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Utekelezaji wa KILIMO KWANZA kupitia ASDP

Hii ni kutokana na ukweli kwamba, kilimo bado ni muhimili katika uchumi wa nchi yetu na pia katika kuondoa umaskini. Hivyo, sharti kipatiwe msukumo unaostahili ili kiweze kukua kwa kasi na kuwezesha kutimizwa kwa dhamira ya kuleta mapinduzi ya kijani hapa nchini.


The Guardian KILIMO KWANZA

8

IRRIGATION

Irrigation enhances sugar cane farming at Kagera Sugar Factory

By Bhoke Msama NVESTMENT in state-of-the-art centre pivot irrigation systems has enabled the Kagera Sugar company to produce more sugar and of a higher quality. The centre pivot irrigation system that covers all plantations has enabled the factory to increase total yield per hectare from 50 T/Ha to an average of 102 T/ Ha. The harvesting of cane has also increased from an initial 200,000 tonnes in the 2004/2005 season to 435,000 tonnes by 2008/2009. The factory now produces over 50,000 tonnes of sugar per year. Production has doubled by over 40,000 tons in the 2008/2009 season when compared to the year 2004/2005. Total cultivated area under cane has also increased from 5000 hectares in 2004 to 9000 hectares by 2008/2009. Acreage is expected to reach 12,500 hectares by 2014. According to current figures, out of the estimated 10million hectares under sugar cultivation, less than 2 million hectares are under irrigation of one form. By taking advantage of its proximity to the Kagera River and investing in irrigation, the factory is avoiding sugar cultivation that is dependent on rainfall. Located around Lake Victoria, Kagera is part of Tanzania which characterized by fertile land and receives rainfall throughout the year, thus making it favorable land for agriculture. However sugarcane cultivation is seasonal, forcing the factory to find new ways of cultivation to meet local and export demands. Learning from the drought of 2005 that severely affected the agricultural sector in the country, Kagera Sugar underwent a massive rehabilitation program. This included significant additional investments to rehabilitate the factory by increasing area under cultivation, and installation of state of art centre pivot irrigation equipment covering hectares of land. During the Kagera war between Tanzania and Uganda 31 years ago, the

The irrigation pump station at its completion stage

factory was bombed and totally destroyed. Coupled with insufficient production of only 8000 tonnes per year, poor technology and a general failure to meet basic sugar quality standards, it led to the natural collapse of the factory. In 1995 the government through its policy of privatization privatized the then run down and loss making factory. After a stiff bidding war by investors, the government’s final decision to award the running of the company to local investors in 2001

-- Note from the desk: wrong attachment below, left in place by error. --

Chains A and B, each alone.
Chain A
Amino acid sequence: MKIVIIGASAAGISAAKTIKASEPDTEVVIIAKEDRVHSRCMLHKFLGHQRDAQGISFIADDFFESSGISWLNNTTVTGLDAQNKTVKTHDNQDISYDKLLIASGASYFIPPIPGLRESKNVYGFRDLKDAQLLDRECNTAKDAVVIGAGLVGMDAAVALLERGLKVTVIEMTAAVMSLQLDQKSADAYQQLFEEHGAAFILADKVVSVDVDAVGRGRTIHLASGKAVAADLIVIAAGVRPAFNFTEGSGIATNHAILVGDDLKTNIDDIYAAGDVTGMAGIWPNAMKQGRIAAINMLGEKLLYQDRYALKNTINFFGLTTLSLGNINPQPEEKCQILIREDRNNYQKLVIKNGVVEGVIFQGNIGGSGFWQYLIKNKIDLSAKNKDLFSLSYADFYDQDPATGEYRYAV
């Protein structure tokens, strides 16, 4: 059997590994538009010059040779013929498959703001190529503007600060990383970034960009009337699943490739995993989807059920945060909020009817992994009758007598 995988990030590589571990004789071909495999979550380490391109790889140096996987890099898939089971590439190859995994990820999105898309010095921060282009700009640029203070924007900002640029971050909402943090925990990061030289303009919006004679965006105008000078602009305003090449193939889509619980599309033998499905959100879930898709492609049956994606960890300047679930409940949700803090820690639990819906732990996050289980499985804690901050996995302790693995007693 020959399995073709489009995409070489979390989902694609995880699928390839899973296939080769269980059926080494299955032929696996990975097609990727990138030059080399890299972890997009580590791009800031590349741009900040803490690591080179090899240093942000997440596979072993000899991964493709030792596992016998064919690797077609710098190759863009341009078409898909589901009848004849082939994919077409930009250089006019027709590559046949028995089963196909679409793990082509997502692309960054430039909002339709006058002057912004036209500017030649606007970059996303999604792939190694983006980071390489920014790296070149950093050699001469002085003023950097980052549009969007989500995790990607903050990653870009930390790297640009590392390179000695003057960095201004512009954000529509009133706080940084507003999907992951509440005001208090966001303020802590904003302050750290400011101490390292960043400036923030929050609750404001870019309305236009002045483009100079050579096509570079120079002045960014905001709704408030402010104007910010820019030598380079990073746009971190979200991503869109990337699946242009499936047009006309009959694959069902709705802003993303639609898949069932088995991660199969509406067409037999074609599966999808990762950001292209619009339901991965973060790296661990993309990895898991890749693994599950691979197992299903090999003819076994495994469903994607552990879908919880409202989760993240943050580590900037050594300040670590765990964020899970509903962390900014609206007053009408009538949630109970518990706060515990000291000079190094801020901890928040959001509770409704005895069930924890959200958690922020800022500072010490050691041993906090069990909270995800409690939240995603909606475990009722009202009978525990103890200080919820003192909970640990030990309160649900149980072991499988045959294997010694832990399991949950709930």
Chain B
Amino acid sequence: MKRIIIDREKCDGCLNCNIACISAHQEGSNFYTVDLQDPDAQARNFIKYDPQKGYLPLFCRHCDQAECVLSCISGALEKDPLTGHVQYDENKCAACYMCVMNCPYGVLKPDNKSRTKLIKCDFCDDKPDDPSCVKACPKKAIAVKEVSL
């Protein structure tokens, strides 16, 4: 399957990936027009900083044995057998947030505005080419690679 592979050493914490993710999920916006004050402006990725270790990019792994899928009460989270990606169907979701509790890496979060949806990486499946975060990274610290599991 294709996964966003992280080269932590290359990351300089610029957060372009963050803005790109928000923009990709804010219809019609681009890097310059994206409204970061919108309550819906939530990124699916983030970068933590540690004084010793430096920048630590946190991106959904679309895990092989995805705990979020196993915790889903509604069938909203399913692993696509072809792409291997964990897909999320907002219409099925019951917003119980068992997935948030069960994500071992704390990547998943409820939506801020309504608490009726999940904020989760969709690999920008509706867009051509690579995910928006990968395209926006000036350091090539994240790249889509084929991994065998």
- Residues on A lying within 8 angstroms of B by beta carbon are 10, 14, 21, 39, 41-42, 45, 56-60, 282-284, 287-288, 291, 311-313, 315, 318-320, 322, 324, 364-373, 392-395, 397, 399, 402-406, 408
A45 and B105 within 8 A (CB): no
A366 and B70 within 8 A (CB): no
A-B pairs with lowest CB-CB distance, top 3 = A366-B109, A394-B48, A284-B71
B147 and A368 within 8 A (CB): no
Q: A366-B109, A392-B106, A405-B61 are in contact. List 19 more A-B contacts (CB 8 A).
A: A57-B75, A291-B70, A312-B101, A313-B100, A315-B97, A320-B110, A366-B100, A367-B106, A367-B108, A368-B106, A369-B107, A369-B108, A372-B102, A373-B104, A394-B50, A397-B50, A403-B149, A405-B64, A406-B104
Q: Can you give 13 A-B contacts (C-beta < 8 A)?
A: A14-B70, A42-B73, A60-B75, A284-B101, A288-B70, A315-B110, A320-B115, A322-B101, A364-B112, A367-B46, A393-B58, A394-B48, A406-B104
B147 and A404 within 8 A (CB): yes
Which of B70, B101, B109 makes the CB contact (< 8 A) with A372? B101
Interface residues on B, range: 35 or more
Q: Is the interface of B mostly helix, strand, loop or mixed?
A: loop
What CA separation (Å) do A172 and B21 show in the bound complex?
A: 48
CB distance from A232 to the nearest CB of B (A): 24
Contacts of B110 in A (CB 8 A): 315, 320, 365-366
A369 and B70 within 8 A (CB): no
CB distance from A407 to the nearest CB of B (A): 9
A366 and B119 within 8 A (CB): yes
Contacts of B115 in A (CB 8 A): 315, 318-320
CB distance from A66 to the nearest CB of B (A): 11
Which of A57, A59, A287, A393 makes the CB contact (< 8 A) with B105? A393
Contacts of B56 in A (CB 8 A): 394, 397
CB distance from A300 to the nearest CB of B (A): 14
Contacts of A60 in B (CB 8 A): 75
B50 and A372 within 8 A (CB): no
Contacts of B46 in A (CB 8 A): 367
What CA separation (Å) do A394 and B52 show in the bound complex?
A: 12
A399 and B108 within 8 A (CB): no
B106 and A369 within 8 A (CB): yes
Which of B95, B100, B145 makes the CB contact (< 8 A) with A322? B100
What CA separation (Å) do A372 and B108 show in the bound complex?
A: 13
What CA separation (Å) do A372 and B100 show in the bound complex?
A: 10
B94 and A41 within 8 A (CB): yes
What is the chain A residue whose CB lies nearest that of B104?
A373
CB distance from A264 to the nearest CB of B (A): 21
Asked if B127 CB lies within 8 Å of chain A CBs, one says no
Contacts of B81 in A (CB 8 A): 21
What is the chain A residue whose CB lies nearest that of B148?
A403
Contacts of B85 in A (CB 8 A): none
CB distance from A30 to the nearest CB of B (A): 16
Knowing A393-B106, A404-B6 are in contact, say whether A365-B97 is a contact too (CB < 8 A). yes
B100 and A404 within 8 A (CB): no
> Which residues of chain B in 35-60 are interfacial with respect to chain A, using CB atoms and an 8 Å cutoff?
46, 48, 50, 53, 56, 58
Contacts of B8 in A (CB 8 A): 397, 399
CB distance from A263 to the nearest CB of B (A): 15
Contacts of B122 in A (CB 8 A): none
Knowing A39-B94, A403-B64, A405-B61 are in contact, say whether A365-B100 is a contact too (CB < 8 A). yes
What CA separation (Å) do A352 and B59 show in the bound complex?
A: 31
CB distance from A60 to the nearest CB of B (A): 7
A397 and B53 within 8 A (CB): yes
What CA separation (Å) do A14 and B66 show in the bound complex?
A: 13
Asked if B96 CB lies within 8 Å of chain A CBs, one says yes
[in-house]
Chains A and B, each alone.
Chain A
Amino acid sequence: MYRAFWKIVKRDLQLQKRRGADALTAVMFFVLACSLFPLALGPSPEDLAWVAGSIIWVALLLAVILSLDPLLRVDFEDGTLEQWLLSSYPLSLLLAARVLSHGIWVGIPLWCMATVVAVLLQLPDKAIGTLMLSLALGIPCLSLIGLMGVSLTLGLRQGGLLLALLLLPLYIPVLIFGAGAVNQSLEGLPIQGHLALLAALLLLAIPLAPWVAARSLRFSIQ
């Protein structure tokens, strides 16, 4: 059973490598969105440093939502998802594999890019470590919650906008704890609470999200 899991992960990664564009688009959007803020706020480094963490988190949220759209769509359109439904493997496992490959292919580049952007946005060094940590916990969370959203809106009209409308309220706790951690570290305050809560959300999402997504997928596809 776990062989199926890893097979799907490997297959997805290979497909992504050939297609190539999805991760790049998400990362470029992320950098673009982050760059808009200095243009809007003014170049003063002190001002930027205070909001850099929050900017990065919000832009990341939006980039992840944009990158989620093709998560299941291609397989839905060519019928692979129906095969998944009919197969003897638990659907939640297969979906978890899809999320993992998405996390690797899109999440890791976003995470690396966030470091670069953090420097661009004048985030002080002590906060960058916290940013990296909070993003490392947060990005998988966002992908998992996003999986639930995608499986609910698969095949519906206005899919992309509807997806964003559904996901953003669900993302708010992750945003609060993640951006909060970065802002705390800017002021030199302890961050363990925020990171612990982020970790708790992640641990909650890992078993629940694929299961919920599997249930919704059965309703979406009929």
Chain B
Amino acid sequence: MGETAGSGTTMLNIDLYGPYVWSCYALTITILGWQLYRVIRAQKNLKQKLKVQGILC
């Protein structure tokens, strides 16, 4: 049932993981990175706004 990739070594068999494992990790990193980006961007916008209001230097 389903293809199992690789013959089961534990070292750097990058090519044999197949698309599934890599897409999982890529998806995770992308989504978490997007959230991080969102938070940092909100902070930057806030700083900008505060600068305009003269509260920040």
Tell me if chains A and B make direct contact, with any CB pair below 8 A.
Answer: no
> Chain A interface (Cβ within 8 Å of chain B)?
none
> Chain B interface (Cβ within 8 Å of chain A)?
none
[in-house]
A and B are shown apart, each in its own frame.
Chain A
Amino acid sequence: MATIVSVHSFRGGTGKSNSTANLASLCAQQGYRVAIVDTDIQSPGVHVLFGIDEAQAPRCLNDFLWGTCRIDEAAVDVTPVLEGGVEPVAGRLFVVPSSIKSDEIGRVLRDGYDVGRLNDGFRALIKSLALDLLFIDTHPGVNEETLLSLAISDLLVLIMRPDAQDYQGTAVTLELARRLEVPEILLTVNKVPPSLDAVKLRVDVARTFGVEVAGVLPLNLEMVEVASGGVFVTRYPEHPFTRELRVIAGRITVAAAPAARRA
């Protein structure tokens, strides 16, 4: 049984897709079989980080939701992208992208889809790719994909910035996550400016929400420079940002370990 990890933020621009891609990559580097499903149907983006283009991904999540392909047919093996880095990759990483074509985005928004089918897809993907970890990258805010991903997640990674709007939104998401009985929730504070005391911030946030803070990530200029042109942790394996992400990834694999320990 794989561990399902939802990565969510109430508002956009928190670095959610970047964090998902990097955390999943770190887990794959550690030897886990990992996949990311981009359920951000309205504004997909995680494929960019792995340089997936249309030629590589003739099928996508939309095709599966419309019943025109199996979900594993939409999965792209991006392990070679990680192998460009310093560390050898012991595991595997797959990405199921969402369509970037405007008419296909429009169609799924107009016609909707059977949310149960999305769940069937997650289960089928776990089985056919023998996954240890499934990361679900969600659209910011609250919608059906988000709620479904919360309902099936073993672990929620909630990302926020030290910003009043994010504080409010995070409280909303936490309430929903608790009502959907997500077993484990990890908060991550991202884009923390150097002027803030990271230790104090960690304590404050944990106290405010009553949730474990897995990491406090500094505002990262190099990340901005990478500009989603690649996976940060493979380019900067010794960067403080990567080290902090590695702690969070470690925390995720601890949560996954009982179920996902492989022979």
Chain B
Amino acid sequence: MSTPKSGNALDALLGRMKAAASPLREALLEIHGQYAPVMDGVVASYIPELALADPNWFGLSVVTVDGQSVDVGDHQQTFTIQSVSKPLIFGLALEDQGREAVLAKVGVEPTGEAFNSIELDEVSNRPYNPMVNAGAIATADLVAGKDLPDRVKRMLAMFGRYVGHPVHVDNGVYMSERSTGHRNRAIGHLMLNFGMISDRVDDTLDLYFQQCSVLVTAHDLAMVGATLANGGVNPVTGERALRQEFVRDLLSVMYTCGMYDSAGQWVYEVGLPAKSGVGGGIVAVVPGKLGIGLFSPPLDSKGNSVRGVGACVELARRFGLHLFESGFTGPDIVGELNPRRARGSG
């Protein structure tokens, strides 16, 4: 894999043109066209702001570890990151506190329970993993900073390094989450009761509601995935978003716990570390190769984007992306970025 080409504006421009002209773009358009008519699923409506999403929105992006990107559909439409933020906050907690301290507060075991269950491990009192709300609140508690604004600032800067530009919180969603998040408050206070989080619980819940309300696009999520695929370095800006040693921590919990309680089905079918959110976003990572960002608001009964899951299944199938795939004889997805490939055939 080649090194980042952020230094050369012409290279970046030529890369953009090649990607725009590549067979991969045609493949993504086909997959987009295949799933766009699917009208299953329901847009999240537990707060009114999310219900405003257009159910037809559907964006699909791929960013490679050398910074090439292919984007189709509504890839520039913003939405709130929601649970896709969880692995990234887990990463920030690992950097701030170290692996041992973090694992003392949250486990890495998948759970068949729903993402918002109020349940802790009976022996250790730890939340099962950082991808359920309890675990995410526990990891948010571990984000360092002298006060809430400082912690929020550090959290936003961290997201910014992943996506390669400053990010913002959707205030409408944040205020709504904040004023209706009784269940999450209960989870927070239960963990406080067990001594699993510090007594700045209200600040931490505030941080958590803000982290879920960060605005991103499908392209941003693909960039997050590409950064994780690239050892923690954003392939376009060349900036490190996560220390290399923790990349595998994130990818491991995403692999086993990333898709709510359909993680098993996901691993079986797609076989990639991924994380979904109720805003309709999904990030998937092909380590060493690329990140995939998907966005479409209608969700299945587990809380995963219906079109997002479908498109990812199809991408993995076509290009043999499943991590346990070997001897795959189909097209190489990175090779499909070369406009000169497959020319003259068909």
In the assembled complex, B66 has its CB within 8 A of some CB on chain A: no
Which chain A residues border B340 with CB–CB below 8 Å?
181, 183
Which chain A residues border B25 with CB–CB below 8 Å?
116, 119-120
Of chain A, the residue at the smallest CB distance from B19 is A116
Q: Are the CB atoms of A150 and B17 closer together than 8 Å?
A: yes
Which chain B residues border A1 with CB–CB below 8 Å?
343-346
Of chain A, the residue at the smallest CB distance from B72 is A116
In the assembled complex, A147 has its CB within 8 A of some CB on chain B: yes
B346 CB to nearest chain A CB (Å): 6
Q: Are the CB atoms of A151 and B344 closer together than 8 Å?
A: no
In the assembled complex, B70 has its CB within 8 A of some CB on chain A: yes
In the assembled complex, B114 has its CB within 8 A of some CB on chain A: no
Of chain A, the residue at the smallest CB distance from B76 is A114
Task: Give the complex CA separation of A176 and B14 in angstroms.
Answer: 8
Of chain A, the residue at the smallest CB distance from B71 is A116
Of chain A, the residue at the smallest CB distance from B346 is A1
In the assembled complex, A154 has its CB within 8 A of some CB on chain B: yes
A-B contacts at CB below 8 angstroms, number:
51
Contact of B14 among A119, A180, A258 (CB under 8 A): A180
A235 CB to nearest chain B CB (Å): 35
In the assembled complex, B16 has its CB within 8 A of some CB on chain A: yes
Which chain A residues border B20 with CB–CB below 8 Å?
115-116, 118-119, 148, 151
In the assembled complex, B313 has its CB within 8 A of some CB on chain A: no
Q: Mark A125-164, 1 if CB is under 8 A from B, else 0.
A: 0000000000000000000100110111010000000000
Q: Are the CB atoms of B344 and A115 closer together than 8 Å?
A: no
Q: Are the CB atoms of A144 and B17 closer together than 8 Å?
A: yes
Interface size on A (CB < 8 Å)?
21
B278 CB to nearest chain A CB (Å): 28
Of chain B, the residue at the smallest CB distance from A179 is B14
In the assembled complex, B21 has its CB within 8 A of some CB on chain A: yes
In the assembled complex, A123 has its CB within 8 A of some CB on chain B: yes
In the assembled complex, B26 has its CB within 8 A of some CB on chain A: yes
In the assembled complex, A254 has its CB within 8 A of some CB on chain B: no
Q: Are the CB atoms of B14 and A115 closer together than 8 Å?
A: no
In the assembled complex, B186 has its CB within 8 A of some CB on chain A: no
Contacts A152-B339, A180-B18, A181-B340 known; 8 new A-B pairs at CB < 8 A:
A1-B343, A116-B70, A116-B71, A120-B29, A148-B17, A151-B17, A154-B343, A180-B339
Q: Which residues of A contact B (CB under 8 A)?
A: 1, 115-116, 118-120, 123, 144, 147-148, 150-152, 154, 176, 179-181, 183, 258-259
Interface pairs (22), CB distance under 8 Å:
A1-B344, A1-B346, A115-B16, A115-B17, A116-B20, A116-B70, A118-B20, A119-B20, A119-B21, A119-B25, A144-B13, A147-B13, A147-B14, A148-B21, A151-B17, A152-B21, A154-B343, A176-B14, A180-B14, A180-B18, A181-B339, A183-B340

was based on the fine track record and performance of the company. Kagera sugar is located in a strategic geographical location in the North West of Tanzania with ease of access to three East African countries of Uganda, Rwanda and Burundi. All are net importers of Kagera sugar. Recently the factory received an award of recognition by EAC countries as one of the main suppliers of sugar in the East Africa market. Other export markets now

targeted are Congo DRC and Southern Sudan. The increase in EAC member states and benefits of the EAC common market are expected to give Kagera Sugar a strategic entry advantage within the region. Presently the company exports up to 25% of its produce and sells the remainder within the country. Domestic demand is estimated at 420,000 metric tonnes per annum, mostly within the Lake Zone which is Tanzania’s largest market segment.

Utilizing by-products of sugar production, the factory also produces 3.4 mega watts of electricity for factory use, sharing it with the immediate community around the factory. Although what is produced by the factory does not fully cover existing needs, it has reduced dependency on national grid electricity. The company also has a permanent staff force of 2000 workers with a further 2000 unskilled labour utilized at cultivation and harvest time. This generates income